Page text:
I was at Brand Mastery Expo, a two-day entrepreneurship event last weekend. Not only was I inspired by the entrepreneurs’ success stories and gleaned some insights from their journey, to my surprise, I went away with some very timely and important reminders about parenting.
This has been an issue I struggled with for a while. My preoccupation? The smartphone. Every time it signaled a new email has come in or someone has posted something on Facebook, I would pick it up and check.
One day, my two-and-a-half year-old son suddenly said to me, “Mommy, put your handphone down!” He was obviously frustrated, after failing to get my attention for something.
I was take aback.
It made me realised how much my being distracted must have affected him. So I consciously tried to minimize the use of the phone, but after a week or two, I was back to my old ways.
Last week, I came across this post (on Facebook I think) and the message hit me hard (it even made me ‘frantically’ shared it around).
Obviously God didn’t think that was enough.
So last Saturday, there I was sitting in the auditorium at the Brand Mastery Expo, listening to one of the speakers, Eric Feng shared some great ideas about creating a memorable presentation.
Then he went on to talk about how to have presence when you walk into a room.
Guess what was the first tip?
Start being present to your surroundings; feel your breathing and your feet on the ground.
Then he related a story about what he witnessed while on a holiday. He was at the beach and saw the interactions of a family – both the parents were busy on their gadgets. Their son approached the mom and wanted to show her something, she asked him to go to the dad, the dad then told the boy to go back to his mom. This went back and forth a few times and the boy was disappointed.
What is the message you’re sending your child?
What Eric said next left a deep impression on me.
He said, “The child will grow up thinking that he isn’t important.”
I’m not sure what made him said that, it didn’t seem necessary as after all, we were at a conference about entrepreneurship, not parenting.
But it was something I needed to hear.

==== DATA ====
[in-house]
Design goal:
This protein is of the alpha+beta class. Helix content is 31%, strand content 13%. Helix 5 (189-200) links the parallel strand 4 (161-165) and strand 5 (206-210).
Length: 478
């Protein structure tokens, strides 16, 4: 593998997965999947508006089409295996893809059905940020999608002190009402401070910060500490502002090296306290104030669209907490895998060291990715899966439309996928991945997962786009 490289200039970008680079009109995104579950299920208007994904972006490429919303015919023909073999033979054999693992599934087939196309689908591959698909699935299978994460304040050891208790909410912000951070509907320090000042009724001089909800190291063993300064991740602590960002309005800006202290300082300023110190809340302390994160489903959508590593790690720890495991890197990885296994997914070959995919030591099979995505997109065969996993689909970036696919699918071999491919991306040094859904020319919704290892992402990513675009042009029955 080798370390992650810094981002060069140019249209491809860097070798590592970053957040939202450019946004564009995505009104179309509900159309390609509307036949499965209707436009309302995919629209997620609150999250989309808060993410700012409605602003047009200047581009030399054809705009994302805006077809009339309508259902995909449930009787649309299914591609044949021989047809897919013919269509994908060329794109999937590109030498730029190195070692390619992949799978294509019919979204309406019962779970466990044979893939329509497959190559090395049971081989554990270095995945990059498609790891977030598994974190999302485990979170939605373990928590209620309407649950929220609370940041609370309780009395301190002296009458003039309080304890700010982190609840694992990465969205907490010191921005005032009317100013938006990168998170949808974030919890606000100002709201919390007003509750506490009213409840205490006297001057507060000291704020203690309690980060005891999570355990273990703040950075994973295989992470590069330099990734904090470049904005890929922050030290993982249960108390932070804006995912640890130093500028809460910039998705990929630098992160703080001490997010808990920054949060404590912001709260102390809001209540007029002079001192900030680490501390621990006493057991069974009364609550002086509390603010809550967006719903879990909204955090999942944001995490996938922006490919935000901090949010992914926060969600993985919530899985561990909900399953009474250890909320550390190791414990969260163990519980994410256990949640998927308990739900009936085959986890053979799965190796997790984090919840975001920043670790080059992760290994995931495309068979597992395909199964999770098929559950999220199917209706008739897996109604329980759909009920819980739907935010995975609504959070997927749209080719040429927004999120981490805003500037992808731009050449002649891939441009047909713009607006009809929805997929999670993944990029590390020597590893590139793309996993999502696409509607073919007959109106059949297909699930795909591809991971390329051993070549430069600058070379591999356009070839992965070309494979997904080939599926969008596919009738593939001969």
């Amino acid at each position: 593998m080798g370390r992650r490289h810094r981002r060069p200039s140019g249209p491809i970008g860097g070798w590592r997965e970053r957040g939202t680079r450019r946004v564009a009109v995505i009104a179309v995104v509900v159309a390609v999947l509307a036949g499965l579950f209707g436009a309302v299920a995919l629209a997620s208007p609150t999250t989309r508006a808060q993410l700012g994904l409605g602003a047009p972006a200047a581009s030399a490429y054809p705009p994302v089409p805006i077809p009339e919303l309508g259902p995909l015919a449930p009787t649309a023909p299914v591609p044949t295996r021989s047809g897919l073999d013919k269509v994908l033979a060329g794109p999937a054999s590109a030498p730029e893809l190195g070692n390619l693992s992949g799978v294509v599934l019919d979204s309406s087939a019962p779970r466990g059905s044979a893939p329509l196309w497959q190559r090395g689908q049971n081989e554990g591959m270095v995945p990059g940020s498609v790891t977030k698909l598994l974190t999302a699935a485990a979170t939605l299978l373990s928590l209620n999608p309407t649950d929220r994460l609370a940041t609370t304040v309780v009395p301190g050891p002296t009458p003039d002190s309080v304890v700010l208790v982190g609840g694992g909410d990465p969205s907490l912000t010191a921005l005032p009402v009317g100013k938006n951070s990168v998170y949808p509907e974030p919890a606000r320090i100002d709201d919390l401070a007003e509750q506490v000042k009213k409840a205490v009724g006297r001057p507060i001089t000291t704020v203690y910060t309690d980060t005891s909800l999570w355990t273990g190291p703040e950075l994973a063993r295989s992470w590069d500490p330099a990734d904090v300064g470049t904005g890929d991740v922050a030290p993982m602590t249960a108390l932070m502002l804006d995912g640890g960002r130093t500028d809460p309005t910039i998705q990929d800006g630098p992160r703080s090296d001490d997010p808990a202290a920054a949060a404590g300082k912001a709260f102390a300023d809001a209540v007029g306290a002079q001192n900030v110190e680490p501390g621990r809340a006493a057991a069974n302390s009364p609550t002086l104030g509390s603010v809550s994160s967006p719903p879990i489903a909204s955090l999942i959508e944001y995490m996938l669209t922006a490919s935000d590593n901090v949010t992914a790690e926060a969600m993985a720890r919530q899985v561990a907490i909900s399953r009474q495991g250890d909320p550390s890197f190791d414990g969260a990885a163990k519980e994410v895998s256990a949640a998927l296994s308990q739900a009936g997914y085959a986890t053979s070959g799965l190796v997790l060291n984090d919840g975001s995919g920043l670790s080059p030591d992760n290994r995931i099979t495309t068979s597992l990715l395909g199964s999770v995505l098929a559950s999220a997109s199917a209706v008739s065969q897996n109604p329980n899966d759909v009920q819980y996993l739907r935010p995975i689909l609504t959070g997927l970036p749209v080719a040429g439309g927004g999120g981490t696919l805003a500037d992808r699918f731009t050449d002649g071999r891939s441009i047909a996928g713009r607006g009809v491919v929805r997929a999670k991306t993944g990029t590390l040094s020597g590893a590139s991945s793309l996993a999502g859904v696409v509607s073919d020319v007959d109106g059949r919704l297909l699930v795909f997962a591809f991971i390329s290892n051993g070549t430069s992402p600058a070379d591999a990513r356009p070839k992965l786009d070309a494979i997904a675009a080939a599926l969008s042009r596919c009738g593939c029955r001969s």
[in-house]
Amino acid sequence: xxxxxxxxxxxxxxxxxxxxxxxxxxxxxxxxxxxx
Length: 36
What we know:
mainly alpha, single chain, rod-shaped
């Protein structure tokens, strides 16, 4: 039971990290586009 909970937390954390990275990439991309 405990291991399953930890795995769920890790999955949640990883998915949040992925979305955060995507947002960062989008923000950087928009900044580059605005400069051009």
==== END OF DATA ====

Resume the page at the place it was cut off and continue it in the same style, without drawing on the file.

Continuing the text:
No, I definitely don’t want my son to grow up feeling that he wasn’t important. I definitely don’t want him to think that a smartphone is more important than he is.
What I want is for him to grow up feeling that he is dearly loved, and he deserves daddy and mommy’s time.
I want him to know that I’m available for him, and that’s why I made the choice to be a work-at-home mom. A decision I made long before he was even born.
I’m thankful for the wake up calls and they couldn’t have come at a better time.
Half a year’s gone and if you, like me, have not taken stock of the past six months (or seven to be exact), now’s a good time to do so.
To be honest, when I look at my list of goals for 2012, there isn’t anything I’ve made about parenting. I took for granted that it will just happen. And I suspect many parents are like that too.
We kind of know what values we want to inculcate in our children, what parenting style we want to adopt, or what sort of parents we want to be.
But until we put it down on paper, they will only remain as vague ideas in our minds.
Once we write down our goals, we will have a clear idea of where we are going and the goals will act as light posts to guide us to our destination. They will let us know if we are veering off track. They give us a reason in the midst of our hectic lives to sit down and reflect.
For me, I’ll focus on one parenting goal for the rest of the year:
To spend at least 30 minutes of uninterrupted time with my son every day. It doesn’t matter if we are playing or reading together, what’s important is that my son gets my undivided attention during that time.
Do you set goals as parents? What are some of your parenting goals for this year?